I answered an automated phone survey some months ago, asking my opinion on the possible expansion of Kinder Morgan’s Trans Mountain pipeline. The survey was being done (if I remember correctly) for an Albertan politician, and I remember wondering why they would be calling a Valemount local number, but I figured they were just trying to gauge the response of people in the areas the expansion would affect. I was kind of angry that they would ask this question through an automated system, putting me on the spot to give an answer, and not letting me talk to a person to explain why I have that opinion.

The first 2 response options were expected – was I in favour or against the pipeline expansion. I am neither fully for, nor fully against the pipeline expansion, so I was not going to choose one of those options. The third option was “not sure or don’t care.” I was again angry – it doesn’t seem right to have those two options lumped into one. I think being unsure is very far away from not caring, but I suppose that is the one of the dangers of distilling people and opinions down to numbers. But the fourth and final option was actually most suprising to me – did I think the existing pipeline should be removed. I have to admit, in my suprise and anger, I picked that last option, but it’s not fully what I believe (making it even more clear to me how useless and misleading most opinion polls probably are).

Recently in the mail, we’ve received an opinion poll on the same topic, from Cathy McLeod, our MP in charge of Responsible Resource Development. Her options are more simplified than that telephone poll, either for, against, or not sure, and she at least gives you the time to consider your answer before you choose to send it back to her. But I am still not comfortable answering in such black and white terms.

For example, Ms McLeod suggests it would take 1400 trucks per day to transport the amount of oil that flows through our local pipeline. Is that how the oil would be shipped without the expansion, by truck? Would they all come down our highway? First of all, that sounds like a lot of jobs, for truckers and all the people in support services along the route (restaurants, gas stations, mechanics, etc). Is some of this oil being transported by truck now? Could having that much traffic on our highway mean it needs upgrading to say a 4-lane divided highway? Would that make our highway safer? Would it be worth the cost? I mean the costs of having that much traffic through our area, not just financial costs. I would imagine that 1400 trucks per day would run considerable risk of accidents and spills, potentially causing loss of human life, and environmental damage. Also, the fuel needed to run those trucks – well, that just seems like a vicious cycle of burning oil to ship oil, raising costs all around, and in reality, that is likely one big reason why it won’t be shipped that way. The high price of oil justifies using more expensive means to extract it from more difficult pockets, and that could easily be canceled out by having to use the finished product in order to produce it. So maybe if the pipeline doesn’t go ahead, then the oil won’t get extracted. Unless it gets transported through another pipeline, to somewhere else.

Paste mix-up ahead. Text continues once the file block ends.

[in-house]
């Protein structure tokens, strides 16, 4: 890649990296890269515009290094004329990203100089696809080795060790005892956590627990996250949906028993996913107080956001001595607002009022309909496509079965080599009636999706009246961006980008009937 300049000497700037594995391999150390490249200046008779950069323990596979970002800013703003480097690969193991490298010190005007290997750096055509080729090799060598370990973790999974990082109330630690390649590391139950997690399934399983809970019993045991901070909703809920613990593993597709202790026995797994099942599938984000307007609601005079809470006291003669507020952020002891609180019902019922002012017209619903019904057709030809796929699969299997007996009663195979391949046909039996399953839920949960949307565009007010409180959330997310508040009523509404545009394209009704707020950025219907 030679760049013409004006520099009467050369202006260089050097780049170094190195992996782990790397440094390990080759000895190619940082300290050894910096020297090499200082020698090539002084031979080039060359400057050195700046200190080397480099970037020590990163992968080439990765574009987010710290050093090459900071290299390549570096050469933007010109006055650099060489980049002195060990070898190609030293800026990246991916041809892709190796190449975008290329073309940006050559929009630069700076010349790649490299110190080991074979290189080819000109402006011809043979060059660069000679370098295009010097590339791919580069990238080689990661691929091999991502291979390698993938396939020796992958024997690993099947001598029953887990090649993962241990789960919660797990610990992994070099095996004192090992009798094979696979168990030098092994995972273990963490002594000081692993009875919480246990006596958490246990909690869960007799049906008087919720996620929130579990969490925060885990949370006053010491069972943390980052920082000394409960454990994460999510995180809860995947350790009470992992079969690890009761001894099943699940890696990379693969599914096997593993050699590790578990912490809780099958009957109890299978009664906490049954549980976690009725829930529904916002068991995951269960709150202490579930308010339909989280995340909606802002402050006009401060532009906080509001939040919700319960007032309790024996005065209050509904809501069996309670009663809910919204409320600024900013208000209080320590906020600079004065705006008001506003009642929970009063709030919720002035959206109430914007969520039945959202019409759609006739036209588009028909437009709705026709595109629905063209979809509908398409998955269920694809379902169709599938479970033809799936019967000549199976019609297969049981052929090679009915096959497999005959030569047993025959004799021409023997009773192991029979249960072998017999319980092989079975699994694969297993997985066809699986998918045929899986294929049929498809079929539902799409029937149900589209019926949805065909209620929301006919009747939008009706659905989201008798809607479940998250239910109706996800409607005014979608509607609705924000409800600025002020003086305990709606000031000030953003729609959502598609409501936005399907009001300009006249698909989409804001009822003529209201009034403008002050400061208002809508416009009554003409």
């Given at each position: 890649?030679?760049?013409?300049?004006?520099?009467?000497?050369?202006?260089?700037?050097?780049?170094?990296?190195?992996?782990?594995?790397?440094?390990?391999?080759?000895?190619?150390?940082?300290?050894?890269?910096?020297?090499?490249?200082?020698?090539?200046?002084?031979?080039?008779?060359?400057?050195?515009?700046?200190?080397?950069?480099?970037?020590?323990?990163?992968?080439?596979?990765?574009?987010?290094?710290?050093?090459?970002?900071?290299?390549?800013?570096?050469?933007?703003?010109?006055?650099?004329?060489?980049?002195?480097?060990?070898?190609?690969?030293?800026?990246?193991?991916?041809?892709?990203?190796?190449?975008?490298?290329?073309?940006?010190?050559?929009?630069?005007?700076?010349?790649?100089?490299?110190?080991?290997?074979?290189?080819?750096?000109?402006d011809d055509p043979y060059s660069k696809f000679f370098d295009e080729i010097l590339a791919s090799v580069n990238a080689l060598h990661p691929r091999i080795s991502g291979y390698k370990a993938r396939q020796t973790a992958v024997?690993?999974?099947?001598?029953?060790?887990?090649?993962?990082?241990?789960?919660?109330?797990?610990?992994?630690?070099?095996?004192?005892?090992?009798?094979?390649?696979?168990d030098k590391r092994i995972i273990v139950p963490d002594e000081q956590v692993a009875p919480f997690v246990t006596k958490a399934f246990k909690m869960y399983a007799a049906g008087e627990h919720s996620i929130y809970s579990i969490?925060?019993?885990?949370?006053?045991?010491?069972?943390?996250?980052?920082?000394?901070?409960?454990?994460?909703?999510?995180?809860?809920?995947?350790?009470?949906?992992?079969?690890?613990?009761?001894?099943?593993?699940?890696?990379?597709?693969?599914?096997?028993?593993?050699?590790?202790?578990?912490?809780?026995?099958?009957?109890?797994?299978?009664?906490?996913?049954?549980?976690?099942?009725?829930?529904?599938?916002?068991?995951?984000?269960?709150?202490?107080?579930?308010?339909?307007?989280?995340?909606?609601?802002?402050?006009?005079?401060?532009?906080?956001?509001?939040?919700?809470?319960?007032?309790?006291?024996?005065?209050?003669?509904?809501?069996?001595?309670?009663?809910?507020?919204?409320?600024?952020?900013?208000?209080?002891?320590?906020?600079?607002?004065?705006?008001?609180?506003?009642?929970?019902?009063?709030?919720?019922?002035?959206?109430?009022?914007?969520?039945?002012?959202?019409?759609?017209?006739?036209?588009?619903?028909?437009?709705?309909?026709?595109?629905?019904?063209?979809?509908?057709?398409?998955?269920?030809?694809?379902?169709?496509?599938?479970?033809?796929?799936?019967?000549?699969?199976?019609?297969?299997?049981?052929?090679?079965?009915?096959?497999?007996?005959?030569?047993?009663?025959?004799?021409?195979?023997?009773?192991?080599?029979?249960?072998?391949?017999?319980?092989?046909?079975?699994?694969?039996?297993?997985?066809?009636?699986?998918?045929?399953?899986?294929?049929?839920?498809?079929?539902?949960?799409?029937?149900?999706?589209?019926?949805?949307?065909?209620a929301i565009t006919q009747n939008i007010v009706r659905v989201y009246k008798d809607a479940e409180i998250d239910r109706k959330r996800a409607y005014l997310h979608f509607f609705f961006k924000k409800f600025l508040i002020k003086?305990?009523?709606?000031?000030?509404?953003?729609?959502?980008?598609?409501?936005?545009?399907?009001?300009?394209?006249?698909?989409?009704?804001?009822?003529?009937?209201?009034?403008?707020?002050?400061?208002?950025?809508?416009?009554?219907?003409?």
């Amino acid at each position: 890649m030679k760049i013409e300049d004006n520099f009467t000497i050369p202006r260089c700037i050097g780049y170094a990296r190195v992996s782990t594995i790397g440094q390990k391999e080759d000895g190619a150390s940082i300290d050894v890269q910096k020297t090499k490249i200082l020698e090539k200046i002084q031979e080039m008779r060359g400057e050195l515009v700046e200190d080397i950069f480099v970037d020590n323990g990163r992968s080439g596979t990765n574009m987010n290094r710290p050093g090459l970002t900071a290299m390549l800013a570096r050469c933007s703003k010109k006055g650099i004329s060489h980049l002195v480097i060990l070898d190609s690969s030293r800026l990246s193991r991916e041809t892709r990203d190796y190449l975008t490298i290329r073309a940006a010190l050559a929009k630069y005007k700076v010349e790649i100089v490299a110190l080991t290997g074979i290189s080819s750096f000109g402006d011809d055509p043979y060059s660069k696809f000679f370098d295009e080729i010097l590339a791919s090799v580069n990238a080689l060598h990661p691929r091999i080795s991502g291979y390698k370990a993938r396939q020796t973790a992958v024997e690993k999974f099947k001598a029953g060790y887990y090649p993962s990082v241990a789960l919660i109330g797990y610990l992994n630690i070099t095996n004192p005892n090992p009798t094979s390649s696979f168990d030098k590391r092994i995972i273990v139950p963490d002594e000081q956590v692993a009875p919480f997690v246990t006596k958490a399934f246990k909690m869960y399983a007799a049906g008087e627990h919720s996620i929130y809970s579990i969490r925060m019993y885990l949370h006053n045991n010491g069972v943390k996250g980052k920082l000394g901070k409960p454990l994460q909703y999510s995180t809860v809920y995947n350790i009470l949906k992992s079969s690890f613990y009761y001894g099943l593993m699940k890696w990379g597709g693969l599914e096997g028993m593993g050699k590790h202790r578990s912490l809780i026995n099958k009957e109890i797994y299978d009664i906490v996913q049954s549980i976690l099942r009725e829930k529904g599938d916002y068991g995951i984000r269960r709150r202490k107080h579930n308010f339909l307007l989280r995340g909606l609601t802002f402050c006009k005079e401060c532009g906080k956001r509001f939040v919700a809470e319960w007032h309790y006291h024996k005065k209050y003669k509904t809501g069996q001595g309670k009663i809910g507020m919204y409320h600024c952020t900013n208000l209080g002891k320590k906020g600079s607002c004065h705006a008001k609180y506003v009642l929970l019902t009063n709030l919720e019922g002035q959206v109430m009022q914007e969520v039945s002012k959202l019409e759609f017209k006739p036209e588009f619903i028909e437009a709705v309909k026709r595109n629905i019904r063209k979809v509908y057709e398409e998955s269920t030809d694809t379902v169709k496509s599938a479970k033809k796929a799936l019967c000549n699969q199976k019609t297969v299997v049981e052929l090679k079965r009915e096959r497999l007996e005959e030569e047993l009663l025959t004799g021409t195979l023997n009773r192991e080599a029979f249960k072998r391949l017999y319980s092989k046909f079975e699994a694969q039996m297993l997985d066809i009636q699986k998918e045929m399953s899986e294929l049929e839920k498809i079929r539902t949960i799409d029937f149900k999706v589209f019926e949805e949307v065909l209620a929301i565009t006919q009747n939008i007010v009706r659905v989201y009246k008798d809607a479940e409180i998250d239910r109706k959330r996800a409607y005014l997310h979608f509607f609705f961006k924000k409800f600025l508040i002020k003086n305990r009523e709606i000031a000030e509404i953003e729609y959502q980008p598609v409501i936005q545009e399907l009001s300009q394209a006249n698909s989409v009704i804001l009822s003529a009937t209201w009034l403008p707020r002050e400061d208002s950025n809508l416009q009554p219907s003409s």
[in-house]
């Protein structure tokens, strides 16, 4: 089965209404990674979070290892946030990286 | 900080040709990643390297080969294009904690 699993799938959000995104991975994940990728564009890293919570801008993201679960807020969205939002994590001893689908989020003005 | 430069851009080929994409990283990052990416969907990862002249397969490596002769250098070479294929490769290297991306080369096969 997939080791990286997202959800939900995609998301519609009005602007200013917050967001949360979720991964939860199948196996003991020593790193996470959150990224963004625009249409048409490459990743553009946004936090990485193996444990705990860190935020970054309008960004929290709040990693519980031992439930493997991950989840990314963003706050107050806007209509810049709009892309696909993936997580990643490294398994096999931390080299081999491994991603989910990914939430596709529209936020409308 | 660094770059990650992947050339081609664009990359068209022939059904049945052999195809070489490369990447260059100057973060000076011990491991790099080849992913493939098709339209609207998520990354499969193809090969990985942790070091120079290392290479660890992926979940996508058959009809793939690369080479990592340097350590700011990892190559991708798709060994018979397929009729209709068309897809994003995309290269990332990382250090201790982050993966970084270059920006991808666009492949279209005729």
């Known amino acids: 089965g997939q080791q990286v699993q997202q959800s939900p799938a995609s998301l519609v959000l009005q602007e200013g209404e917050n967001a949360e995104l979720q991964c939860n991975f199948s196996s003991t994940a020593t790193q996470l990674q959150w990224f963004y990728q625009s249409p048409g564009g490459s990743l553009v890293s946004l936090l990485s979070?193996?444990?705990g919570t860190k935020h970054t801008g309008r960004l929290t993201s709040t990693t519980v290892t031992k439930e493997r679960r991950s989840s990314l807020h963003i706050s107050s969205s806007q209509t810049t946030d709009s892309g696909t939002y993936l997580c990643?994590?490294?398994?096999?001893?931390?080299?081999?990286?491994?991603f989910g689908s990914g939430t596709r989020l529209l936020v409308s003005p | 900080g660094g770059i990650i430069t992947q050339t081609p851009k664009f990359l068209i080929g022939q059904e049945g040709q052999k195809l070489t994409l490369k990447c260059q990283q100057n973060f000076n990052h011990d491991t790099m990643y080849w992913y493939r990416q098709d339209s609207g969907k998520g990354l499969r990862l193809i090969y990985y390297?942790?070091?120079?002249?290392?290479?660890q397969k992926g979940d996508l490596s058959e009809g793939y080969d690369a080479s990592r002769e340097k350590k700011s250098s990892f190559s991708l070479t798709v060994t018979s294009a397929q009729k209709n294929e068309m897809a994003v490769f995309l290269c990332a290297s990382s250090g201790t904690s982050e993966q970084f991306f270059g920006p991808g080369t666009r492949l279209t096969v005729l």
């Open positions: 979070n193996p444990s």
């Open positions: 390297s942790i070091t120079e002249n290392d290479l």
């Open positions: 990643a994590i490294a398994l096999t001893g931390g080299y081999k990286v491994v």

Ms McLeod suggests that the Trans Mountain pipeline supplies much of the gasoline consumed in the Interior and Southern BC. Does that mean it is currently being processed here in BC? And if this expansion doesn’t go through, will the oil get shipped through the proposed Gateway or Keystone pipelines, to be processed by foreign countries only to be sold back to us, maybe for much higher prices? Really, how does that make sense? But it’s happened before, it happens all over.

Ms McLeod also notes that the federal government this year “dedicated $13.5 million from its budget to expand the number of pipeline inspections and increase capacity for emergency preparedness.” In my opinion, that is backwards. The government should be conducting inspections, setting regulations and enforcing penalties, but it should be at the cost of the companies building and using the pipelines, not the taxpayer (who is already paying tax on the finished product).

What I want to know is who will benefit most from the expansion of this pipeline. The oil is coming from Alberta, are they getting all the benefit? Do we here in Valemount just get the temporary jobs and the temporary boom in the service industry while the pipeline is being constructed? We sure don’t seem to get lower priced fuel.

I want my government to be creating policies and regulations that make it sensible and economically viable for Canadians to sustainably harvest resources, process them and use them, creating jobs, good quality products, and value for all of us (not just the 1%). And instead of asking me whether or not I support the pipeline, I want to be asked “Under what circumstances do you support a pipeline expansion?” Here is my answer:

If a pipeline is regulated and inspected by the government, at the expense of the company building and using the pipeline – AND – if those affected by the building of the pipeline (humans, animals, environments) see some benefits – AND – if the product is processed and used in Canada, creating ethical employment for Canadians and high quality product for Canadians first, and then offered to the rest of the world – then I support the pipeline expansion. In fact, I would support any pipeline in Canada with the same stipulations. And if that doesn’t make sense economically, then I think our government should be finding ways to ween us of our dependency on this non-renewable resource. That might not fit in one of Ms McLeod’s check boxes, but I believe I can mail any letter to an MP at no charge.

Korie Marshall